NetEase, the service provider Overwatch creator Blizzard has been using to bring its games to China for the last 14 years, is ending several licenses with the developer. Overwatch 2, Diablo III, World of Warcraft, StarCraft, Hearthstone, and Heroes of the Storm will no longer receive service in mainland China on January 23, 2023, “and will not be renewed,” NetEase wrote in a November 17 statement. One NetEase employee attributed the responsibility for this to a “jerk.”
“We have put in a great deal of effort and tried with our utmost sincerity to negotiate with Activision Blizzard so that we could continue our collaboration and serve the many dedicated players in China. However, there were material differences on key terms and we could not reach an agreement,” CEO William Ding says in the statement. “We will continue our promise to serve our players well until the last minute. We will make sure our players’ data and assets are well protected in all of our games.” Chinese players will still have access to Diablo Immortal, NetEase said, since it’s “covered by a separate long-term agreement.”
In its own statement, on November 16, Blizzard wrote that Chinese players should also anticipate a sales suspension “in the coming days,” which it will elaborate on soon. But add-on releases confined to 2022, including Overwatch 2’s season two and World of Warcraft: Dragonflight, will continue as planned (though there won’t be much time to enjoy them).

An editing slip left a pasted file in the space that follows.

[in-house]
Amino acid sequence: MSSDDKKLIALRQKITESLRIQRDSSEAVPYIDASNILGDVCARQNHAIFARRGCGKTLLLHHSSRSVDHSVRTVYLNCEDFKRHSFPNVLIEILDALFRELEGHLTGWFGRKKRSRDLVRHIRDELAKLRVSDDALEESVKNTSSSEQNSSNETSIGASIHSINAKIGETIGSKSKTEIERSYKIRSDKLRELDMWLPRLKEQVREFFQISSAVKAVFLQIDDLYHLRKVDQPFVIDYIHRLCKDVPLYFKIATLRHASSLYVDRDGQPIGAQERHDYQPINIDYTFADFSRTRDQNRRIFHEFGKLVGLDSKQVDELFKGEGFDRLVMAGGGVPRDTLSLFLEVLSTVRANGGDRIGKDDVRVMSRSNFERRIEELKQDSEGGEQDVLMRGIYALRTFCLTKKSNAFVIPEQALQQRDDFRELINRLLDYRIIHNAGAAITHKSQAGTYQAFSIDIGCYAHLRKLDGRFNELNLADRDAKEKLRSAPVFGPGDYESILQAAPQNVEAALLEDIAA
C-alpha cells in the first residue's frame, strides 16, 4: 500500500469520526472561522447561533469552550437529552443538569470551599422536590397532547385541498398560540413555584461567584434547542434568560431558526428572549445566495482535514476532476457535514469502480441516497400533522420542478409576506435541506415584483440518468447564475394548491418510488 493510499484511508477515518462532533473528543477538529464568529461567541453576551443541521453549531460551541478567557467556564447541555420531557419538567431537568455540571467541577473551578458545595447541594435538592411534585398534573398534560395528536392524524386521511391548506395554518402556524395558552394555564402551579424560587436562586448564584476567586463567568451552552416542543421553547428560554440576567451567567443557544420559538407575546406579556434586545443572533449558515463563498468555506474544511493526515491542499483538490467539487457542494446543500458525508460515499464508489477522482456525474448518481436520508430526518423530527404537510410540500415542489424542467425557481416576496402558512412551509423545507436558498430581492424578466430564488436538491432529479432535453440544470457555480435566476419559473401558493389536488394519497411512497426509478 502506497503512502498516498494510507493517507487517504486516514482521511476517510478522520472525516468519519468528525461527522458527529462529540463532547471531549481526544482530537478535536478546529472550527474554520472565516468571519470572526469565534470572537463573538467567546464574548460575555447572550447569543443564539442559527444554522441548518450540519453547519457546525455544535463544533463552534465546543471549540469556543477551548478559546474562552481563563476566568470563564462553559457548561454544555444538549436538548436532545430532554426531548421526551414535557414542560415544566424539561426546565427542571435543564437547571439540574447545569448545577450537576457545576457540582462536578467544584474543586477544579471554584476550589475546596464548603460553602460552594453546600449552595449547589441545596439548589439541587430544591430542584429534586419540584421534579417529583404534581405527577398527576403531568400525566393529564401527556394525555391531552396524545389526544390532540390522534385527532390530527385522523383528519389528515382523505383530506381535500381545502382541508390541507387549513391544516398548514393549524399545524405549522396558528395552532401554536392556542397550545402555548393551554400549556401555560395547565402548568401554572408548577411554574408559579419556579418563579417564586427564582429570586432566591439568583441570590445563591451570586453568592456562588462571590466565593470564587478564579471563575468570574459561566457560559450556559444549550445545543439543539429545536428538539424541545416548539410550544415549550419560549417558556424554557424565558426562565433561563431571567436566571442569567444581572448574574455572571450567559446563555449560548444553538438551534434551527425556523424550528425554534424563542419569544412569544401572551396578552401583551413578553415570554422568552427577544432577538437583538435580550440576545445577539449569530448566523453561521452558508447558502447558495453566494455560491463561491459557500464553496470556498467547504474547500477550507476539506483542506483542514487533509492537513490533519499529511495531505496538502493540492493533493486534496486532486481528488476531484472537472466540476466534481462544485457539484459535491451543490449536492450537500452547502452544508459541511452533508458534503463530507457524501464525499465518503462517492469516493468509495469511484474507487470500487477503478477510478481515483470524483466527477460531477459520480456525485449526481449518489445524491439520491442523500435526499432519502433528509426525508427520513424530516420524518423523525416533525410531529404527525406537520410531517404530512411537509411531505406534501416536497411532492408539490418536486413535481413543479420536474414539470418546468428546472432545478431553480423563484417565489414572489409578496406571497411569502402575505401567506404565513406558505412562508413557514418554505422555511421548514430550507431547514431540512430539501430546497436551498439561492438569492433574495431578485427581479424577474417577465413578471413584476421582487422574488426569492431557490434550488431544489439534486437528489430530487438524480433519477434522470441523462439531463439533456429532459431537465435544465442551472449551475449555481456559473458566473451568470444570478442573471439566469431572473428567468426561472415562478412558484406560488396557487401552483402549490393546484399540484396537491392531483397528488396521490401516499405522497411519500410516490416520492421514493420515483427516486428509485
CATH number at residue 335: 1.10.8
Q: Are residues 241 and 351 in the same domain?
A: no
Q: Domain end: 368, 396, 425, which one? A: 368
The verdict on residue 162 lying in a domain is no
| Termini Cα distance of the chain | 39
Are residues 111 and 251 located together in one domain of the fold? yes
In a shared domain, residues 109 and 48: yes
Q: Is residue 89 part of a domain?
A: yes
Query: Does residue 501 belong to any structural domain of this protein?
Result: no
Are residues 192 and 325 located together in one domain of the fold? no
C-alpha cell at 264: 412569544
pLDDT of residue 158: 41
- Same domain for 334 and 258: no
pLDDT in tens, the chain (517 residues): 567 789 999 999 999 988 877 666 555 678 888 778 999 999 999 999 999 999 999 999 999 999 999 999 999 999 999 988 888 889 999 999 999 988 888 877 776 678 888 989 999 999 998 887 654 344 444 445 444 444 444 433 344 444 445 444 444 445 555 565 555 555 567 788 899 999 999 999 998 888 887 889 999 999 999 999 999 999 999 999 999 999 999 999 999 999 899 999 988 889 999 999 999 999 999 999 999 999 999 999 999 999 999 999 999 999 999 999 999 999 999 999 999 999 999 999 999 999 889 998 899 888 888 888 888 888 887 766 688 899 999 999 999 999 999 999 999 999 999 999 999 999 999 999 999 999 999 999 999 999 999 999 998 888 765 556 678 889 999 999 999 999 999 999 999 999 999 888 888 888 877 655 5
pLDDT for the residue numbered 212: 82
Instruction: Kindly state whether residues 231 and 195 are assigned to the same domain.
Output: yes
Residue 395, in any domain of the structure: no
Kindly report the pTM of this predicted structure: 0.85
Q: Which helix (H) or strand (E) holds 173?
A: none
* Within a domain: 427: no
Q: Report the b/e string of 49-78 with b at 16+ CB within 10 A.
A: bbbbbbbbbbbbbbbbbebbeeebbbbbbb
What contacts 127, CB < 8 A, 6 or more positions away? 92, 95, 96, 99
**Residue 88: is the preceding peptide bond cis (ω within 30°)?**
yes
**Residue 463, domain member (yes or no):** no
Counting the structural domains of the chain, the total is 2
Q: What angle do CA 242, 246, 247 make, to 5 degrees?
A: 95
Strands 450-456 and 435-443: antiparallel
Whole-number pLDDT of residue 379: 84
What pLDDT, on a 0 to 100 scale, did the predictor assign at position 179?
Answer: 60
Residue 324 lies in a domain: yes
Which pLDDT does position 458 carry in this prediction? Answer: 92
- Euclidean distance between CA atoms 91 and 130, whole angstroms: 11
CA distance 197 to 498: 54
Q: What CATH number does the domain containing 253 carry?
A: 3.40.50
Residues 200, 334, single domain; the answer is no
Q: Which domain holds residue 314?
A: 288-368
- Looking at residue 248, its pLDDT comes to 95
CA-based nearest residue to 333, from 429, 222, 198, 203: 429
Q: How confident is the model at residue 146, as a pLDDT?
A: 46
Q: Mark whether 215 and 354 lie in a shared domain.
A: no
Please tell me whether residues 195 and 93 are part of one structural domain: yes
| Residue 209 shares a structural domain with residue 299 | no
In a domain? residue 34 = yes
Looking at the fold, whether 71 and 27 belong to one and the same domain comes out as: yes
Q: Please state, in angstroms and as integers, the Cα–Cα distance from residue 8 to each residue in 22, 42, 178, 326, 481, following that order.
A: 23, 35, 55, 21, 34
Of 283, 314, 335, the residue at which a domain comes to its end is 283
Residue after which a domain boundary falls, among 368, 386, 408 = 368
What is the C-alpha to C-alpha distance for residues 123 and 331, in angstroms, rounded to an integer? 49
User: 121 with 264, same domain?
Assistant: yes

Both companies opted to remain dignified in their investor-focused press releases (“The expiration of [Blizzard] licenses will have no material impact on NetEase’s financial results,” NetEase assuaged its readers), but TechCrunch spotted that NetEase president of global investment and partnership, Simon Zhu, unleashed some surprising breakup acrimony in a LinkedIn post.
“As a gamer who spent ten thousand hours in the world of Azeroth, starcraft and overwatch, I feel so heartbroken as I will not longer have the access to my account and memories next year,” he wrote. “One day, when what has happened behind the scene could be told, developers and gamers will have a whole new level understanding of how much damage a jerk can make.”
Neither Blizzard nor NetEase responded to requests for comment in time for publication, so we’re left to speculate who exactly Blizzard’s “jerk” is. There are a lot of options.
Update 5:00 p.m. ET: In an email obtained by The Washington Post, Blizzard president Mike Ybarra cited a mismatch in values leading to Blizzard’s NetEase contract terminating.
“Every few years we review our agreements with them,” he wrote to employees. “We have been working through this process in good faith to extend our existing agreements. However, their approach was not aligned with our commitment to players, employees, and our operating principles.” In addition to game servicing, Ybarra said that Chinese esports partnerships would also be impacted by Blizzard’s ended contract with NetEase.
NetEase declined to comment on what “material differences” it had with Blizzard and on Simon Zhu’s LinkedIn post, but it did provide “general added context” to its statement in an email.
This is an important development for the millions of gamers in China who will now lose access to some of their favorite games which they’ve spent countless hours playing. Simon, like many other NetEase employees, grew up playing these games with close friends throughout the Blizzard community in China. He is a passionate advocate and is naturally upset everyone in the region is affected. I hope this helps.